Zimbabwe police smash windows of illegal taxis

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Zimbabwe police smash windows of illegal taxis
In this photo taken Friday May 9, 2014, a panic-stricken driver and passenger react after policemen smashed the minibus taxi in the Zimbabwean capital, Harare. Authorities acknowledge there is a growing problem of rogue behavior by some police officers who smash the vehicles windscreens. It is compounded by an illegal industry of private taxis, many of which are in poor condition and flout basic rules of the road, putting passengers and pedestrians alike in danger. (AP Photo/Tsvangirayi Mukwazhi)
In this photo taken Friday May 9, 2014, policemen smash a minibus taxi in the Zimbabwean capital, Harare. Authorities acknowledge there is a growing problem of rogue behavior by some police officers who smash the vehicles windscreens. It is compounded by an illegal industry of private taxis, many of which are in poor condition and flout basic rules of the road, putting passengers and pedestrians alike in danger. (AP Photo/Tsvangirayi Mukwazhi)
In this photo taken Monday, May 12, 2014, pedestrians walk past a minibus taxi which had had it's windscreen smashed by police, in the Zimbabwean capital, Harare. Authorities acknowledge there is a growing problem of rogue behavior by some police officers who smash the vehicles windscreens. It is compounded by an illegal industry of private taxis, many of which are in poor condition and flout basic rules of the road, putting passengers and pedestrians alike in danger. (AP Photo/Tsvangirayi Mukwazhi)
In this photo taken Friday May 9, 2014, policemen smash a minibus taxi in the Zimbabwean capital, Harare. Authorities acknowledge there is a growing problem of rogue behavior by some police officers who smash the vehicles windscreens. It is compounded by an illegal industry of private taxis, many of which are in poor condition and flout basic rules of the road, putting passengers and pedestrians alike in danger. (AP Photo/Tsvangirayi Mukwazhi)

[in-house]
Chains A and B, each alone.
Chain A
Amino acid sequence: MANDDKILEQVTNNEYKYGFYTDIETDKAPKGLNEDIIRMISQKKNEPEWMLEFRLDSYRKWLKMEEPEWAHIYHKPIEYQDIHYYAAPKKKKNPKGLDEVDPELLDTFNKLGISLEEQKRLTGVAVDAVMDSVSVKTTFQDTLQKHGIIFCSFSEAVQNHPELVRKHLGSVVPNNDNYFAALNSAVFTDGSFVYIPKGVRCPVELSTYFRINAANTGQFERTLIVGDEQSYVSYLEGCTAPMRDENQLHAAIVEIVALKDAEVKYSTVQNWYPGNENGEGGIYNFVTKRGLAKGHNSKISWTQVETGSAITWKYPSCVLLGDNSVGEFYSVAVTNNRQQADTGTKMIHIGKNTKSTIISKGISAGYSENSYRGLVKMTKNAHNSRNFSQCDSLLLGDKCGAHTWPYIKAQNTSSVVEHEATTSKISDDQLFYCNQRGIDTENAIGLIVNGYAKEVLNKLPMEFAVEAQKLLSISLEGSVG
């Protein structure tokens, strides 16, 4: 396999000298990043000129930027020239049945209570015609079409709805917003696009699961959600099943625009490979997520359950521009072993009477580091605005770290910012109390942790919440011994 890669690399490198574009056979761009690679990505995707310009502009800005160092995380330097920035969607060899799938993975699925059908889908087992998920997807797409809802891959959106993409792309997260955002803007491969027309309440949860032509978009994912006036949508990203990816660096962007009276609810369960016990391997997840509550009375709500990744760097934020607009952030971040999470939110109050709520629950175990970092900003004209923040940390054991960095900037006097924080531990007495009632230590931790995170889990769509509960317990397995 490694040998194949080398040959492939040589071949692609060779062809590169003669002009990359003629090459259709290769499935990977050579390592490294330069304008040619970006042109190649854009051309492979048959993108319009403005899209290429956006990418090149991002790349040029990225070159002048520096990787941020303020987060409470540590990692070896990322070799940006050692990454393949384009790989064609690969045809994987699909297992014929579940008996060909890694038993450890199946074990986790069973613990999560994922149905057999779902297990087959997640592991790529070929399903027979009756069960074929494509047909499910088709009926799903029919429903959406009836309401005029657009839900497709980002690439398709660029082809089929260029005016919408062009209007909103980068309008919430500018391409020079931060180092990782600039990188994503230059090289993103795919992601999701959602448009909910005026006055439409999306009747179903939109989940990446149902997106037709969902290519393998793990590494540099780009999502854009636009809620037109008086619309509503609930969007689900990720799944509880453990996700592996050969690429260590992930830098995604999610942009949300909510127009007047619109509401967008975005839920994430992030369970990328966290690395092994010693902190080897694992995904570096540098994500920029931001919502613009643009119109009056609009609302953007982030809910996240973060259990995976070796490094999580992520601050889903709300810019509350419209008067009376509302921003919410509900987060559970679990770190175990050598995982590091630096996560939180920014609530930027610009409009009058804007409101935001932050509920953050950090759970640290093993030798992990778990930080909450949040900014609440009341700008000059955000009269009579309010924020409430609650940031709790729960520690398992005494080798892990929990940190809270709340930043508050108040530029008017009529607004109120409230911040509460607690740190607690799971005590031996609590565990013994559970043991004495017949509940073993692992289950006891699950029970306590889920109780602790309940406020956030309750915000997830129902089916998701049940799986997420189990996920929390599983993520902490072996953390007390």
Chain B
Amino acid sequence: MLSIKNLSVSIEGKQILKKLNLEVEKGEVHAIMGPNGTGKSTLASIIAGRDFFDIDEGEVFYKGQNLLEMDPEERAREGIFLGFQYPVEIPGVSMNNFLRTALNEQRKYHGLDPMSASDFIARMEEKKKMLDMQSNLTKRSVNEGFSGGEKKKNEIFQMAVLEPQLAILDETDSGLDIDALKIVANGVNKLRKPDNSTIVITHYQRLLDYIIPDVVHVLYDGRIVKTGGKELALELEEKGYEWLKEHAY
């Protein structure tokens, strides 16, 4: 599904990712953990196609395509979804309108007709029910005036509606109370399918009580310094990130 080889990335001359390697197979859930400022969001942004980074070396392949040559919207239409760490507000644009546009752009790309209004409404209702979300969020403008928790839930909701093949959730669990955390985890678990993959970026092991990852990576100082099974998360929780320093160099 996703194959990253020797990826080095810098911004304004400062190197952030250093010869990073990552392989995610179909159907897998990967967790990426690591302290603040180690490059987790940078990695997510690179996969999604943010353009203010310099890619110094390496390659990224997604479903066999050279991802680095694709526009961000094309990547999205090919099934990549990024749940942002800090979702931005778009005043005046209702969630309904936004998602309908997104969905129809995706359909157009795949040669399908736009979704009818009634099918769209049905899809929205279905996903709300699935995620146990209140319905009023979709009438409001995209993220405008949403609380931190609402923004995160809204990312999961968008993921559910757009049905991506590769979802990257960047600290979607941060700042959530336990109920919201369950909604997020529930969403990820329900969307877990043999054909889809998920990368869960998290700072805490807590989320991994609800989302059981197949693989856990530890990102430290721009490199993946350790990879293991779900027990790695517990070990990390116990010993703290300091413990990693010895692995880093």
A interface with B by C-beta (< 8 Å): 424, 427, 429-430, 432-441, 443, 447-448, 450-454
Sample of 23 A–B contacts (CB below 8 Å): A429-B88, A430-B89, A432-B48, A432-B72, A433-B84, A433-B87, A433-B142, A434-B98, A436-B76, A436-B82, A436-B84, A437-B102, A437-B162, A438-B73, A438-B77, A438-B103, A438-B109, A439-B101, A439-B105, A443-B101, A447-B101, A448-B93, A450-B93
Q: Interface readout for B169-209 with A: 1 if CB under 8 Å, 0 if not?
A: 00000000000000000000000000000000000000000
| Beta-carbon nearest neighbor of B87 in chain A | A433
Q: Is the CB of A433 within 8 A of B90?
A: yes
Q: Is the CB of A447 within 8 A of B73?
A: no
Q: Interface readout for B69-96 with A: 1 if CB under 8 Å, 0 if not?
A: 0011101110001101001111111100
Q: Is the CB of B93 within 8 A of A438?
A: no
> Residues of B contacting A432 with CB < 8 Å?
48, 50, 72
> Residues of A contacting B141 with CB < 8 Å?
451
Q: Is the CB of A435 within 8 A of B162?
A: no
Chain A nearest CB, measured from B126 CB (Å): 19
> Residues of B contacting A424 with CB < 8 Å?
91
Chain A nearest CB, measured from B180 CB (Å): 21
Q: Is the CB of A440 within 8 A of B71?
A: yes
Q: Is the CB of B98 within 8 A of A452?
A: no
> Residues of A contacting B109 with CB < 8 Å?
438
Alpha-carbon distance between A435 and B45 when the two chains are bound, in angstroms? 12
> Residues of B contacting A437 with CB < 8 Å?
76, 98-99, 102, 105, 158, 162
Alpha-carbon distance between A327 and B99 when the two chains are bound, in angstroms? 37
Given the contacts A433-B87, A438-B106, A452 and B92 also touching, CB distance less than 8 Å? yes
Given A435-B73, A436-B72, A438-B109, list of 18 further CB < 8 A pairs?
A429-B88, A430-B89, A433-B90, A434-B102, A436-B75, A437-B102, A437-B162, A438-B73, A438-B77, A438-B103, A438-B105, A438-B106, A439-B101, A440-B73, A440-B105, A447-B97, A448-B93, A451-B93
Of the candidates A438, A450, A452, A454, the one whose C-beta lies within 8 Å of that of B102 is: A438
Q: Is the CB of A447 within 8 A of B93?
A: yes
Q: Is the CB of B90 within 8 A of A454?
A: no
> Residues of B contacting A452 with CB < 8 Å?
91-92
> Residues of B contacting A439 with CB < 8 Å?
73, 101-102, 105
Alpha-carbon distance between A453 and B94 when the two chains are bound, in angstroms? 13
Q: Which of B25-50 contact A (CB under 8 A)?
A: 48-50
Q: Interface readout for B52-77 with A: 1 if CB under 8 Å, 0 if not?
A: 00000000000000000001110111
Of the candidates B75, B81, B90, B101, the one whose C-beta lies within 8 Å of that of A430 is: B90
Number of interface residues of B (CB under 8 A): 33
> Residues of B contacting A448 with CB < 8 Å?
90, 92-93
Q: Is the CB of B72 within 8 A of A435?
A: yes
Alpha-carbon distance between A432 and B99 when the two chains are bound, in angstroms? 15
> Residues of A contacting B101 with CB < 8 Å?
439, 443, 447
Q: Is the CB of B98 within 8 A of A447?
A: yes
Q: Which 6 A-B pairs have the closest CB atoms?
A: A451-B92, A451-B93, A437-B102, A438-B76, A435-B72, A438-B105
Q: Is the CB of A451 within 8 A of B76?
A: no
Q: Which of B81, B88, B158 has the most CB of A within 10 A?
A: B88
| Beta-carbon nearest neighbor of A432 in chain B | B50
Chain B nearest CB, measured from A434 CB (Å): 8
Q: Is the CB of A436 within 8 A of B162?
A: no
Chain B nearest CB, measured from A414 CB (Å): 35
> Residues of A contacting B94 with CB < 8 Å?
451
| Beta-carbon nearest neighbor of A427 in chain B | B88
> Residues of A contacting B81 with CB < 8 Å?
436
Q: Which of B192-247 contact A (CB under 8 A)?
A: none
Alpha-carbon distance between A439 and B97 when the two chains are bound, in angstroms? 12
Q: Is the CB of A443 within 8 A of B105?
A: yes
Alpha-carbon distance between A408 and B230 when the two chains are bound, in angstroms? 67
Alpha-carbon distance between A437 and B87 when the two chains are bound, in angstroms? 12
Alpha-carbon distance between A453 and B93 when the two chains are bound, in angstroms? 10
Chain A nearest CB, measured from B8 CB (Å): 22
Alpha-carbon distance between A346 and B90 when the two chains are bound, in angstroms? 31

In this photo taken Friday May 9, 2014, policemen smash a minibus taxi in the Zimbabwean capital, Harare. Authorities acknowledge there is a growing problem of rogue behavior by some police officers who smash the vehicles windscreens. It is compounded by an illegal industry of private taxis, many of which are in poor condition and flout basic rules of the road, putting passengers and pedestrians alike in danger. (AP Photo/Tsvangirayi Mukwazhi)
In this photo taken Thursday, May 8, 2014 a policeman attempts to smash a minibus taxi in the Zimbabwean capital, Harare. Authorities acknowledge there is a growing problem of rogue behavior by some police officers who smash the vehicles windscreens. It is compounded by an illegal industry of private taxis, many of which are in poor condition and flout basic rules of the road, putting passengers and pedestrians alike in danger. (AP Photo/Tsvangirayi Mukwazhi)
In this photo taken Thursday, May 8, 2014 a policeman stops a minibus taxi in the Zimbabwean capital, Harare. Authorities acknowledge there is a growing problem of rogue behavior by some police officers who smash the vehicles windscreens. It is compounded by an illegal industry of private taxis, many of which are in poor condition and flout basic rules of the road, putting passengers and pedestrians alike in danger. (AP Photo/Tsvangirayi Mukwazhi)
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By TSVANGIRAYI MUKWAZHI
Associated Press

HARARE, Zimbabwe (AP) -- On the outskirts of Zimbabwe's capital, a taxi minivan drives on a dirt road toward a man in a police uniform who suddenly thumps the windshield with a club, cracking the glass and making those inside the vehicle cringe at the blow.

Such a scene, which was witnessed recently by an Associated Press journalist, has happened often in Harare in past months in what authorities acknowledge is a growing problem of rogue behavior by some police officers. It is compounded by an illegal industry of private taxis, many of which are in poor condition and flout basic rules of the road, putting passengers and pedestrians alike in danger.

Some taxi drivers, who ferry people in the absence of a reliable public transport system, say they are being targeted by corrupt police who smash windows of moving vehicles as retribution for failure to pay a bribe.

Charity Charamba, a spokeswoman for the national police, said the force is committed to eradicating corruption within its ranks and that any officers who smash windscreens are breaking the law and should be reported to authorities.

The upheaval on the roads sometimes has fatal consequences. There have been numerous reports of drivers of illegal taxis, also known as "kombis," speeding away dangerously to evade arrest and getting into accidents.

Last month, a 3-year-old boy, Neil Tanatswa Mutyora, was knocked down and killed by a commuter taxi that witnesses said was trying to get away from police. His father, Cuthbert Mutyiro, said police were at least partly responsible for the death of his son, who was buried in a cemetery along a highway.

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